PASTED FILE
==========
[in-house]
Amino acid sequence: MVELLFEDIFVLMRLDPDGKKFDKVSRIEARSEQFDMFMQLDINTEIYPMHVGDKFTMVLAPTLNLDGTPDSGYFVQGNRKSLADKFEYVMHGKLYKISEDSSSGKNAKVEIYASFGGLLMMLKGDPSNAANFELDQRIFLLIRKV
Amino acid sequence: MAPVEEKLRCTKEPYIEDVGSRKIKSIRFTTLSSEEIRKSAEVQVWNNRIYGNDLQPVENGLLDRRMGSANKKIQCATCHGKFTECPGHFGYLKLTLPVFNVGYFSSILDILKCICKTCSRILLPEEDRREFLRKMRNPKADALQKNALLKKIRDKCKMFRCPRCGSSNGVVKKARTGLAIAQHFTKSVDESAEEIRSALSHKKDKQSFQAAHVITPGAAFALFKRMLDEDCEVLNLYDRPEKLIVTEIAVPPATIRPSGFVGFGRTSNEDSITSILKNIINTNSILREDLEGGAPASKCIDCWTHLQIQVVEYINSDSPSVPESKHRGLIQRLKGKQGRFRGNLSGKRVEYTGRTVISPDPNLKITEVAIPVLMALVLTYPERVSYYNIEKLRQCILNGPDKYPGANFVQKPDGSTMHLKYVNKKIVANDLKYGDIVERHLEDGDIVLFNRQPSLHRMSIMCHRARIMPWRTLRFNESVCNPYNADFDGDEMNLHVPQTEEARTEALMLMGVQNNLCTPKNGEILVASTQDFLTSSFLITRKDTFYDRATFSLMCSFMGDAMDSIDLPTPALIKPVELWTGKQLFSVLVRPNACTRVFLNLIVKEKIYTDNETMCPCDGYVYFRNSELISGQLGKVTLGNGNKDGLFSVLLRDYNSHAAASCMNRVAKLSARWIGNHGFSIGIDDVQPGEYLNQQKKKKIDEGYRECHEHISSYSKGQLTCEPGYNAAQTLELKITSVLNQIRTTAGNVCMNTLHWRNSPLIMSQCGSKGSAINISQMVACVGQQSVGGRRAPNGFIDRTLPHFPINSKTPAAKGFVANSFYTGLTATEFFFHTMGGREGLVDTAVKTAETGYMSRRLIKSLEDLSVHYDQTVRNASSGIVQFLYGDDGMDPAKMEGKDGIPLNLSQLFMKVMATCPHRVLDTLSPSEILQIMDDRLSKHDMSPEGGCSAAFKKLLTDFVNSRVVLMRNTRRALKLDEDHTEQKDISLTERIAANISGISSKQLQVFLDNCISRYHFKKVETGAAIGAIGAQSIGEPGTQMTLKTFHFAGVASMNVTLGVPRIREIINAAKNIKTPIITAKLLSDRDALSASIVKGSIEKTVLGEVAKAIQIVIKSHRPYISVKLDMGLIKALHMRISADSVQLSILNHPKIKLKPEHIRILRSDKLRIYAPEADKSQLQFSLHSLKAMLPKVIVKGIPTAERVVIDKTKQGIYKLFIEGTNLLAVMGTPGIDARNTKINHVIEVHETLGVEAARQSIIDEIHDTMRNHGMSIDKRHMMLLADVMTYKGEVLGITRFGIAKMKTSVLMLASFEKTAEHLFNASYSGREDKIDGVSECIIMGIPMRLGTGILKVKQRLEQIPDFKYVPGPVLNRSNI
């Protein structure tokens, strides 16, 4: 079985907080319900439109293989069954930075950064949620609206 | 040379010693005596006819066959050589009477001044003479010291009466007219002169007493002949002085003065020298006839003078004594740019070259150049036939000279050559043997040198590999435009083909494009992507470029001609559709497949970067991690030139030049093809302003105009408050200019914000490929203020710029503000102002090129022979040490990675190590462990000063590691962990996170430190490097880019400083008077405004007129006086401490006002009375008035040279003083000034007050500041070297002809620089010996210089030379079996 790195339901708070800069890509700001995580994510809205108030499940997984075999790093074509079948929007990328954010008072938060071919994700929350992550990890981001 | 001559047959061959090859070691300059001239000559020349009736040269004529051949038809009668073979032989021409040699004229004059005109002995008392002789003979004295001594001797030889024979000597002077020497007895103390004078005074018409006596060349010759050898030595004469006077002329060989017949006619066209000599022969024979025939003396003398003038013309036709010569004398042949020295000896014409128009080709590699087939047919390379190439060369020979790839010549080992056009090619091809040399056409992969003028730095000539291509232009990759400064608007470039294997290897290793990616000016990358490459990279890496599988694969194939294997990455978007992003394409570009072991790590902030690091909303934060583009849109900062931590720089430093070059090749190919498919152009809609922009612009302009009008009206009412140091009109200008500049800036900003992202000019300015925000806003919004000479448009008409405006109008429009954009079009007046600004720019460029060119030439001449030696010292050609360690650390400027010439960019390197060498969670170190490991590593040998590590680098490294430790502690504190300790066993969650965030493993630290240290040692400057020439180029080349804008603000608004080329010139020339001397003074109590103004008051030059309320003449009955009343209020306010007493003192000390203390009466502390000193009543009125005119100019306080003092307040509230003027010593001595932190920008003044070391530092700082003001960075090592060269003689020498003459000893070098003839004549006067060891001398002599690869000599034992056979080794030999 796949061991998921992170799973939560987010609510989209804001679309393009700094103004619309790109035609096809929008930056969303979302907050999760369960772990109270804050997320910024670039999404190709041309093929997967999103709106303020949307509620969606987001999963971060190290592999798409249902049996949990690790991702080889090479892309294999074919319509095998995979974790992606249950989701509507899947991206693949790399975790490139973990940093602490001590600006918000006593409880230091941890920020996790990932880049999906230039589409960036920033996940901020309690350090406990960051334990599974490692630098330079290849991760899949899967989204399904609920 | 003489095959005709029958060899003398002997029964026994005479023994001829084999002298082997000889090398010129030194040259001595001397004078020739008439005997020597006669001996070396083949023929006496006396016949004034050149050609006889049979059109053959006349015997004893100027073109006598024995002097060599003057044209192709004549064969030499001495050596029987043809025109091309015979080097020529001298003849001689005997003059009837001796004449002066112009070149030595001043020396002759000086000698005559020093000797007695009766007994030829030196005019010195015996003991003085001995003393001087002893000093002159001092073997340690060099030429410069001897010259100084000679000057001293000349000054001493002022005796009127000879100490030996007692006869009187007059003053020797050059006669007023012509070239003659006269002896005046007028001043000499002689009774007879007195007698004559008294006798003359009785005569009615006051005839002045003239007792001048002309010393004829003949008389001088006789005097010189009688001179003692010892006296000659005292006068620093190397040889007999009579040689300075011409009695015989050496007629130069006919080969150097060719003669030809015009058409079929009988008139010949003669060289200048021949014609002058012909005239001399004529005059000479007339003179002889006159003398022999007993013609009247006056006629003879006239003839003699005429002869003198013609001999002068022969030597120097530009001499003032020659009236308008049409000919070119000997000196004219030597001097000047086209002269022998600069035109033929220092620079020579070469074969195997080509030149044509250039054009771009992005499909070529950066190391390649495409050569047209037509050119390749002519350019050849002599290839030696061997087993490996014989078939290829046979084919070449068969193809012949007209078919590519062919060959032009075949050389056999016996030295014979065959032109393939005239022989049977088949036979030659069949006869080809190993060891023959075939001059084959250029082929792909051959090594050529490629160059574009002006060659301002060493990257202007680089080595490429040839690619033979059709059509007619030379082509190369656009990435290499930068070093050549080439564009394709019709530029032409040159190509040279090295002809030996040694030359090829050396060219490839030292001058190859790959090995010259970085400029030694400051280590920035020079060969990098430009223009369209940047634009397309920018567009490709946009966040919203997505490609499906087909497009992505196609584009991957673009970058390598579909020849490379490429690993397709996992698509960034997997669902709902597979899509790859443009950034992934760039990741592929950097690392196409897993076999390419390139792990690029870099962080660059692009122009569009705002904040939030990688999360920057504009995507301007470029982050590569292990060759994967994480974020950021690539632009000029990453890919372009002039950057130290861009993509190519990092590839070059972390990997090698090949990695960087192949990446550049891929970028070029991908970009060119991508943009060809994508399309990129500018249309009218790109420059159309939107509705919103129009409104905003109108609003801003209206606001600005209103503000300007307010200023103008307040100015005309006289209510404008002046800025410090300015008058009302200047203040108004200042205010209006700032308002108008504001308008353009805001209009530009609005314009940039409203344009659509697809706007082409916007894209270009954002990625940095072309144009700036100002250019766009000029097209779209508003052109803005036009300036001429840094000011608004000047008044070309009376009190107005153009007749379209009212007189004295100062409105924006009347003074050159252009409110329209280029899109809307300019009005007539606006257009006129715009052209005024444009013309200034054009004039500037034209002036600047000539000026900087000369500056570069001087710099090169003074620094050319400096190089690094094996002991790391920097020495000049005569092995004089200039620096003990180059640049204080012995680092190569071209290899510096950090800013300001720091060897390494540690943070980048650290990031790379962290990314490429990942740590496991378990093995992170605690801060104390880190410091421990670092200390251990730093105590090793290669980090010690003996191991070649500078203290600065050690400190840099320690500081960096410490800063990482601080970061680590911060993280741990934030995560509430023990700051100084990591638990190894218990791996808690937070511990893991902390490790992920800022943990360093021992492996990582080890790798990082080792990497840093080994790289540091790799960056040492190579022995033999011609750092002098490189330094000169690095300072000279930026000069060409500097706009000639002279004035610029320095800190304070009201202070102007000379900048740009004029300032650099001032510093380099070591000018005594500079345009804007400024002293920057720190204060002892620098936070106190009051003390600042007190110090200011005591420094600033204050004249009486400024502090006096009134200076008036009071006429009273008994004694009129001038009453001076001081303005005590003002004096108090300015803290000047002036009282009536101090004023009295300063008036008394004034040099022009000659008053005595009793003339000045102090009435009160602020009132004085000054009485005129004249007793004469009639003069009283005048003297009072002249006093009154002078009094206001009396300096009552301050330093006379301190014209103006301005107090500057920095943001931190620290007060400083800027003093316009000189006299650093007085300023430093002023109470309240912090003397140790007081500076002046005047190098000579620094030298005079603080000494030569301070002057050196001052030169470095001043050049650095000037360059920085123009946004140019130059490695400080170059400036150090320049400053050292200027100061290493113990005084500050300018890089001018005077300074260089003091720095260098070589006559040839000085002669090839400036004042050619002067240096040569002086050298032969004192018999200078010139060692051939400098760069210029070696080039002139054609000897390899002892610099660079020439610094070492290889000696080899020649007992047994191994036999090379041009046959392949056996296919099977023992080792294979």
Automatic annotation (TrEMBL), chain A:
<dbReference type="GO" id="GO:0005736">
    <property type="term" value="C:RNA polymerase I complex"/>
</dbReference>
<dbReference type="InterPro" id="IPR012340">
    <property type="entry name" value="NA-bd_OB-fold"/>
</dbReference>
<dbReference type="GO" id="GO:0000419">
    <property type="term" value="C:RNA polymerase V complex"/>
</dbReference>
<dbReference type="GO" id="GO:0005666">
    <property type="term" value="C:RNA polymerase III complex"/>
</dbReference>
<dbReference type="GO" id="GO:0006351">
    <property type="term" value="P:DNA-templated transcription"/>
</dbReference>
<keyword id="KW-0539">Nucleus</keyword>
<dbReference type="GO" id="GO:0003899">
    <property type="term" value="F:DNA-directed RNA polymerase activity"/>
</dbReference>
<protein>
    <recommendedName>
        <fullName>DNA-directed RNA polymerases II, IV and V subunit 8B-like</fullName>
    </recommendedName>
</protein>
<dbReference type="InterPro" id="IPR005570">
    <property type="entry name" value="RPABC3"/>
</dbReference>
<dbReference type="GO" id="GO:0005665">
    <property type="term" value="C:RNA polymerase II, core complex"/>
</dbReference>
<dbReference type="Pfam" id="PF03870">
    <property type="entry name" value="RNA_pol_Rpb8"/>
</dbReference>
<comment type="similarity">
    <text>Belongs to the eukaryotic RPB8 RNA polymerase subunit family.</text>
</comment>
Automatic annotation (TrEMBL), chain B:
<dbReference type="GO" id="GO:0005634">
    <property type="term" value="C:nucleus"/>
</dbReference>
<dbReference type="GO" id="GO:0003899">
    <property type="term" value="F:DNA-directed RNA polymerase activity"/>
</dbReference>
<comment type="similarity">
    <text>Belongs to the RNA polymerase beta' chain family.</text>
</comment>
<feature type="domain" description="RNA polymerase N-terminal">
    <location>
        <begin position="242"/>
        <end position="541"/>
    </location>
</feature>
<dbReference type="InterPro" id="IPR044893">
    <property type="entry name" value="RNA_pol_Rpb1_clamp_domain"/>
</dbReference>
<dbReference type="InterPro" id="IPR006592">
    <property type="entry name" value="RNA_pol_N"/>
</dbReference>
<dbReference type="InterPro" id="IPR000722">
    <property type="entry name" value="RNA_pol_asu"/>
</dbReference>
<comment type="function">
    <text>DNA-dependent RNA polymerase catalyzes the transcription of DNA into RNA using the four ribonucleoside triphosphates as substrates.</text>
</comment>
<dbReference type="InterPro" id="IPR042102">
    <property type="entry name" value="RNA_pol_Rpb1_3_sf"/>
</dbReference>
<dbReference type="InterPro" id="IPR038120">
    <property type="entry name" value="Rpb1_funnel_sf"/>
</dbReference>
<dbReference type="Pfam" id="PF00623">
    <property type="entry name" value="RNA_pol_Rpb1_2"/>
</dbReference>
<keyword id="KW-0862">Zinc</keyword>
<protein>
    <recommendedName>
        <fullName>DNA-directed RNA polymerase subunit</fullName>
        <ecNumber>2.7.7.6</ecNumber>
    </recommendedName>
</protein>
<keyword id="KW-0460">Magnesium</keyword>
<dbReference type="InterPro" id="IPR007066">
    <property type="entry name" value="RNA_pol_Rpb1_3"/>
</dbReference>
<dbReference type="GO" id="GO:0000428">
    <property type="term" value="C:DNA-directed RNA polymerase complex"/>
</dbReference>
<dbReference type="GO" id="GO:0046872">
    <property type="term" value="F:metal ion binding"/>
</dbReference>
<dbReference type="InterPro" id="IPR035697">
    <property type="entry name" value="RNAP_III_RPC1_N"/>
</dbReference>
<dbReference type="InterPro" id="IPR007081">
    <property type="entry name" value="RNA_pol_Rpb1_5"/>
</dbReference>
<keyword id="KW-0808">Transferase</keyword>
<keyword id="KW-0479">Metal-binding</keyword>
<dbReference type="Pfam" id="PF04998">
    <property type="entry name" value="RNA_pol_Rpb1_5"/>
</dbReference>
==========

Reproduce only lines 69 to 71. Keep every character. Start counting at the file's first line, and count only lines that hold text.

</comment>
<dbReference type="InterPro" id="IPR042102">
    <property type="entry name" value="RNA_pol_Rpb1_3_sf"/>